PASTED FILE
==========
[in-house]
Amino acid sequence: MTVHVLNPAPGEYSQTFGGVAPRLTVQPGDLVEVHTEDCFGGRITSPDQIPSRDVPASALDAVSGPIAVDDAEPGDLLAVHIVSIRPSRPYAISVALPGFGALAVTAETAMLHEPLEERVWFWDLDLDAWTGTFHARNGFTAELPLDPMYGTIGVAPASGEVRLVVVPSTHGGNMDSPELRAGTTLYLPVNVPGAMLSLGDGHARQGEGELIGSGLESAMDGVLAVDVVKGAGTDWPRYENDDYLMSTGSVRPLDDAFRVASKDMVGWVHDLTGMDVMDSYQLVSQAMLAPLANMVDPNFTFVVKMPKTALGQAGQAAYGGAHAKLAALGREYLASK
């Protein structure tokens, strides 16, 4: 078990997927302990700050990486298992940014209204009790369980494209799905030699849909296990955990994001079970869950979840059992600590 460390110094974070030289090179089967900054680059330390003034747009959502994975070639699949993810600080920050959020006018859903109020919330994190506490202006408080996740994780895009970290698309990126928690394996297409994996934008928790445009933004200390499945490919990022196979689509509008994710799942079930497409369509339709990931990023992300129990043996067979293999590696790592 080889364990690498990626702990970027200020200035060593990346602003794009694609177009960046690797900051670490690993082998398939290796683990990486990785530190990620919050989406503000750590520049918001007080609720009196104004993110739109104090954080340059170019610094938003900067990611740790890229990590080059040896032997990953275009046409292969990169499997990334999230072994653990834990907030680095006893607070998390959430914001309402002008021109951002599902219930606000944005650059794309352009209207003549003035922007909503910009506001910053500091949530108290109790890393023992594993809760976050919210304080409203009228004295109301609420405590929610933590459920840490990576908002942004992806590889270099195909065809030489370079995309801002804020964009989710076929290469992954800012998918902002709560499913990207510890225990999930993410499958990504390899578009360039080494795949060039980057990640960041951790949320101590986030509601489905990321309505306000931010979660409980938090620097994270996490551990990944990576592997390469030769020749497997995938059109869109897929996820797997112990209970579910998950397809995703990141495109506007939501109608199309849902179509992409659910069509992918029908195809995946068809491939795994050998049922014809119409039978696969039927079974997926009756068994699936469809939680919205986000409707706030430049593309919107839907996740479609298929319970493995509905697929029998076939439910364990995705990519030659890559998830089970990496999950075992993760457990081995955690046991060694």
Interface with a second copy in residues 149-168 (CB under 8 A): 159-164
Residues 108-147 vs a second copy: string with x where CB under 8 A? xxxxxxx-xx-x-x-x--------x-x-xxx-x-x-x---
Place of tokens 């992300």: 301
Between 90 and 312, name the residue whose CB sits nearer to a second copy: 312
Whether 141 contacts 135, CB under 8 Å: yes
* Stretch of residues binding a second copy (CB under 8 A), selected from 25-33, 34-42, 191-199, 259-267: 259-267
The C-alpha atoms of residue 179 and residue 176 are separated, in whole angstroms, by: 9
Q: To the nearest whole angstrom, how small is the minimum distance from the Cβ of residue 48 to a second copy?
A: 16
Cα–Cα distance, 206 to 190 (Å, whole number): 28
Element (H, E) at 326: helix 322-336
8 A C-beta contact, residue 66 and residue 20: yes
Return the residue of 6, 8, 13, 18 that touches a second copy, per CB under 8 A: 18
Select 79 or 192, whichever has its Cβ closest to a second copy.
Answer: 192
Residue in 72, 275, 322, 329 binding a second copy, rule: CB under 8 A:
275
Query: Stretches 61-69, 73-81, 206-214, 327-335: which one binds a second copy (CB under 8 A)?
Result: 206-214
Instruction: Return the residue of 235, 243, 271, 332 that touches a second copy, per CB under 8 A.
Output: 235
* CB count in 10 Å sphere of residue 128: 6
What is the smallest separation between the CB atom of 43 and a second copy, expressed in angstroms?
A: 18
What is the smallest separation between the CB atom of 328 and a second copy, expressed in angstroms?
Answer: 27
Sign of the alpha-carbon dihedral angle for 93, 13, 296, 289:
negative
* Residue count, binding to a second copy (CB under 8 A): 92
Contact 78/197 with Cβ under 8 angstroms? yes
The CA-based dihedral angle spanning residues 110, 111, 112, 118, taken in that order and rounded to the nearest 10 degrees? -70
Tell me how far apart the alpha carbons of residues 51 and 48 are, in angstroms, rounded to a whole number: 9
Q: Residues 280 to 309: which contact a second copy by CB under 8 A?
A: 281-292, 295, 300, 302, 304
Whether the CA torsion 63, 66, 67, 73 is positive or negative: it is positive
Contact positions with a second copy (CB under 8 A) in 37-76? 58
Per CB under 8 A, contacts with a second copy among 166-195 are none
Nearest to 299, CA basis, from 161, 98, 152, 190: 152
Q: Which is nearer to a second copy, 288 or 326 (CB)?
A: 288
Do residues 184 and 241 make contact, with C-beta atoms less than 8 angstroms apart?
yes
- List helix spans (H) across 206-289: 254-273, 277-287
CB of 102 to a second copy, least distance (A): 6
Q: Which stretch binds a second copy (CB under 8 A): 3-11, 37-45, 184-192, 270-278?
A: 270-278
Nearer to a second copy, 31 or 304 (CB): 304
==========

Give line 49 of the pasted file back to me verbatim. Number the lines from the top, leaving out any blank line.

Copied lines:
A: 270-278